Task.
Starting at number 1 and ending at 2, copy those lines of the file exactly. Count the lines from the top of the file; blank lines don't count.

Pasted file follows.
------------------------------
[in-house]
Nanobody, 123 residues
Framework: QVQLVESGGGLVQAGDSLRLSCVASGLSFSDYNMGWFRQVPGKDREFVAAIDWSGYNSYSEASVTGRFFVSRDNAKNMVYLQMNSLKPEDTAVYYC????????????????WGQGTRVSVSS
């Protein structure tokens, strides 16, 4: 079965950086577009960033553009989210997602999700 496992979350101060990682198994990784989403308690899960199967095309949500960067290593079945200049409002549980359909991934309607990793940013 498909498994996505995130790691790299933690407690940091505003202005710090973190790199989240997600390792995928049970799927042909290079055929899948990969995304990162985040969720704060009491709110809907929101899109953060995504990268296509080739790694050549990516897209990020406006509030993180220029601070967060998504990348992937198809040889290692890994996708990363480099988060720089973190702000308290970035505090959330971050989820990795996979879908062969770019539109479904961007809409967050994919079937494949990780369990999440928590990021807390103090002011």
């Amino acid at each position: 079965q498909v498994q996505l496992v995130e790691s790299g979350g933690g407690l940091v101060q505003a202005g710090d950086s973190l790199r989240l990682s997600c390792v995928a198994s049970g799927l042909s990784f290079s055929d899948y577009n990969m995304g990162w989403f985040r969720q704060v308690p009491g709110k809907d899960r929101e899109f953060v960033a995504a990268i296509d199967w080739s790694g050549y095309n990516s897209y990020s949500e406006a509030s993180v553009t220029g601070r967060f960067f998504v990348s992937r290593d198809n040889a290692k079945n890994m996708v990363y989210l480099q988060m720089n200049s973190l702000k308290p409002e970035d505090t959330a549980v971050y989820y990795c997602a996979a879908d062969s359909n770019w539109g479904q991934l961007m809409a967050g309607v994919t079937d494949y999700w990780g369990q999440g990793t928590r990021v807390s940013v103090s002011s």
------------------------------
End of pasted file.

[in-house]
Nanobody, 123 residues